If I have any faithful readers out there, they may have noticed I didn't get a chance to post a new blog last week. That's because I was in Virginia visiting family for my dad's retirement celebration. He just retired after forty years and eight months of service as a civilian employee for the Navy. He started working at this place as part of an internship program while he was still in college and he's been working there ever since. He's worked there as long as I've known him, which is to say my whole life, and then some. That's a lot of different ways to say “Forty years?! Wow, that's a long time!”
The luncheon they had to honor my dad was pretty packed. There were a lot of speakers – people who wanted to express what he had added to their work lives at this place: as a faithful employee, as a coworker, and as a boss. When the people above you, beside you, and below you at work all have good things to say about you, that's a pretty impressive thing. It was really special for Jessi and I to be there and share in that celebration and hear those kind words.
It gave me a lot to think about. It seems like it's increasingly rare these days to work at a place for 40 years, with our lives growing more mobile and with changes in the economy making that kind of stability a luxury. Jessi and I love serving together at River Oaks Church and though we hadn't planned to stay in Florida when we moved down for my counseling program almost four years ago (wow, that went by fast) we don't have plans to leave any time soon. But even if we're not planning it, who knows where God could take us next or when? Will we be here for the next forty years? Who would speak at my retirement luncheon and what would they say? Working in ministry I probably won't ever actually get a retirement luncheon, but you know what I mean. From the time I've spent pondering those questions during and since the trip, two thoughts have stuck out.
First, that I want to have an impact on people like my dad has had. In the same way that my dad offered stability to his department and people were able to fulfill their roles better because of his faithfulness; I want the people around me to feel more fully able to be who they are called to be because of me. In counseling, in my church, but most of all in my family. I may not stay in any one place for forty years, but I will be with Jessi and our future kids for as many years as the Lord allows and they are the first priority He has given me.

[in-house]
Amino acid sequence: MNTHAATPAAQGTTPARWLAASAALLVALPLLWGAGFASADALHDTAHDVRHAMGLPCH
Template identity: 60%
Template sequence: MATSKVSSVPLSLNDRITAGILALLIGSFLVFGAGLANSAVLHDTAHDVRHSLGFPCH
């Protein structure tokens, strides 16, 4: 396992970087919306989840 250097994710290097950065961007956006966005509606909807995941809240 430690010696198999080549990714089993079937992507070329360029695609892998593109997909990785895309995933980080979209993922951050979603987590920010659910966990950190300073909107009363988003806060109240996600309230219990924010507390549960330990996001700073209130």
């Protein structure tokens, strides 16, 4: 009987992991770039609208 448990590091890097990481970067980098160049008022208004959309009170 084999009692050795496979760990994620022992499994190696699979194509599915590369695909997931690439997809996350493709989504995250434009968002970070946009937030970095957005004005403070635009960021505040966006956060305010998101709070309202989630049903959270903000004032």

Second, I've realized that even if I don't work in the same place for forty years, I can spend the rest of my life in service to something even greater than the Navy or the United States. I want my whole life, whether I'm serving in church, doing counseling, or just spending time with my family, to be in service to the Kingdom of God. And the reality is that it can and should be. Maybe it doesn't come with a 401K, but the retirement benefits are still the best. I may not get a lunch ceremony while I'm alive but some day I look forward to hearing “Well done, good and faithful servant”.
Whatever it is that you do from day to day to pay the bills, I hope that God gives you a vision for how you can do it in service to His Kingdom. Your faithfulness matters. In your work, in your family, in your church family. Someday you'll see the results of your years of faithful service and the joy of eternity will last much longer than forty years.